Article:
Tonawanda Creek

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Tonawanda Creek
Tonawanda mill dam 8928.jpg
Old mill dam at the Big Bend of Tonawanda Creek, downtown Batavia, New York
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Location of the mouth of the Tonawanda Creek in New York State
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Tonawanda Creek (the United States)
Location
Country United States
State New York
Counties Wyoming, Genesee, Erie, Niagara
Physical characteristics
Source 
  location Town of Java, Wyoming County
  coordinates 42°39′29″N78°19′09″W / 42.65806°N 78.31917°W / 42.65806; -78.31917 [1]
Mouth Niagara River
  location
City of Tonawanda
  coordinates
43°01′25″N78°52′54″W / 43.02361°N 78.88167°W / 43.02361; -78.88167 Coordinates: 43°01′25″N78°52′54″W / 43.02361°N 78.88167°W / 43.02361; -78.88167 [1]
Length90 mi (140 km)
Basin size650 sq mi (1,700 km2)
Basin features
Progression Niagara RiverLake OntarioSaint Lawrence RiverGulf of Saint Lawrence

Tonawanda Creek is a small tributary of the Niagara River in Western New York, United States. [1] After rising in Wyoming County, the stream flows through Genesee County before forming part of the boundary between Erie County and Niagara County.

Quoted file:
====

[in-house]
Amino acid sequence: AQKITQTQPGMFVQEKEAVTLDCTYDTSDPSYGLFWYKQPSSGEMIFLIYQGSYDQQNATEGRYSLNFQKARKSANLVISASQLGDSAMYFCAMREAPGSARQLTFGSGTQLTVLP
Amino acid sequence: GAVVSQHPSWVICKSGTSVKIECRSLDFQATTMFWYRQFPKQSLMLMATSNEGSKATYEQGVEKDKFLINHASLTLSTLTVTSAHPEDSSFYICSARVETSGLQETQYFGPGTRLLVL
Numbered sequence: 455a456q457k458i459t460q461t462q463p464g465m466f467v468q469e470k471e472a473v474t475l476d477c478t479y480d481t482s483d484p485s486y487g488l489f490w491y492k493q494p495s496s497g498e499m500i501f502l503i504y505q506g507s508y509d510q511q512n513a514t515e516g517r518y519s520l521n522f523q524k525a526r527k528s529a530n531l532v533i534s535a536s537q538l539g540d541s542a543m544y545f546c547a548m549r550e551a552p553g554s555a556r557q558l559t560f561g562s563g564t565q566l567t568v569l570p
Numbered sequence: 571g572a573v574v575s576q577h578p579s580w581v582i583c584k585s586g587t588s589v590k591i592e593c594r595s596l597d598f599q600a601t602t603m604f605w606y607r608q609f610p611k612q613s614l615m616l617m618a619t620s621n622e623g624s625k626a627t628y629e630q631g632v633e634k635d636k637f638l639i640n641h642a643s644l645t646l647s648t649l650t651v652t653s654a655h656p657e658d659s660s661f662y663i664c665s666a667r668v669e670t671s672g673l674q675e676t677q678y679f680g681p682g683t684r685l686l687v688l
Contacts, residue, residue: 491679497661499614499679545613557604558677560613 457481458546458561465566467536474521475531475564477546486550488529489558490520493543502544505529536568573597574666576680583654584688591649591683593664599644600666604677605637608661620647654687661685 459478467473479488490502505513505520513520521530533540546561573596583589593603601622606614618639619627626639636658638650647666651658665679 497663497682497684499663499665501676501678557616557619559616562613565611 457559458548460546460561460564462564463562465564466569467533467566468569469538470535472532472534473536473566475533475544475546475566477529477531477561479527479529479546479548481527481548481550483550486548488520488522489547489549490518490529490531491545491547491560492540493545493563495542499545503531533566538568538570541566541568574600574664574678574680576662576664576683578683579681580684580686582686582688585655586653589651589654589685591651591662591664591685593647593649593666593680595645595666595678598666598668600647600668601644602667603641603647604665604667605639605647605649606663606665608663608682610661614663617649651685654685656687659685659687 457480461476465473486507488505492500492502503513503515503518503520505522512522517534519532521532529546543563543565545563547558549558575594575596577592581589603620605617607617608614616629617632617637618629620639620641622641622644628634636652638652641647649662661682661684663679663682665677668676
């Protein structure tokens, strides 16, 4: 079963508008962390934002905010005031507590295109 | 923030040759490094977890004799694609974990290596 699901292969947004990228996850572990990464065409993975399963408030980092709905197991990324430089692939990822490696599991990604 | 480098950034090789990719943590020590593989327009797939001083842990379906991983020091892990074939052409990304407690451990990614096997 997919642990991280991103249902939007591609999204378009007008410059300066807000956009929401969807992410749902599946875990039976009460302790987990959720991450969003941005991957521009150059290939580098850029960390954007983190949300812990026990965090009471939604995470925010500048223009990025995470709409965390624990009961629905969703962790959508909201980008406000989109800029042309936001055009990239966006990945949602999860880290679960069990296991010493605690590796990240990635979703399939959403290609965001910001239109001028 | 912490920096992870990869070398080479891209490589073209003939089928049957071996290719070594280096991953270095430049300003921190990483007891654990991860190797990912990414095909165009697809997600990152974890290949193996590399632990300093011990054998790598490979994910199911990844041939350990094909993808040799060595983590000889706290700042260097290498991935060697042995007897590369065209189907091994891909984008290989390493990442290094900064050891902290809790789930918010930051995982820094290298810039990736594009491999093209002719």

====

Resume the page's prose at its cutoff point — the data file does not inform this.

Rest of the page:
Contents

Description

The length of Tonawanda Creek is 90 miles (140 km). Its drainage basin is nearly 650 square miles (1,700 km2) in area. [2] It flows on a meandering course for most of its length, first northerly until reaching the City of Batavia where a sweeping bend takes it westerly.

Tonawanda Creek rises in Wyoming County and enters the Niagara River between Niagara County and Erie County, forming a boundary between them. Tonawanda Creek passes through the Village of Attica, the City of Batavia, flows between the City of North Tonawanda to its north and the Town of Amherst to its south, the Town of Clarence, the Town of Tonawanda, and the City of Tonawanda. Just after being joined by Ellicott Creek, it enters the Niagara River.

The creek has a small 30-foot-high (9.1 m) waterfall at Indian Falls [3] where the stream descends from the Onondaga Escarpment.

During the spring of each year, some sections of Tonawanda Creek flood to varying degrees. These floods are more of an inconvenience than a danger, but can be more serious, especially when ice jams dam up the water. The larger flooding can cause property damage.

Tonawanda Creek is also part of the Erie Canal, which joins the creek southwest of Lockport and allows canal traffic to proceed into the Niagara River. In its upper reaches, Tonawanda Creek and the Little Tonawanda, which is a tributary, are trout streams.

History

The name Tonawanda (Te-ni-wun-da) [4] or (Ta-na-wan-deh') [5] derives from the Iroquois (Haudenosaunee) language meaning swift water. [4]

Tonawanda Creek flows through the ancient lake bed of Glacial Lake Tonawanda, a prehistoric lake that existed approximately 10,000 years ago at the end of the last ice age; many of the swamp lands surrounding Tonawanda Creek also date back to this lake.

Downstream of Indian Falls, Tonawanda Creek flows through the Tonawanda Indian Reservation, and there is a NYS historical marker where George Washington made a troop fording across the stream. [5]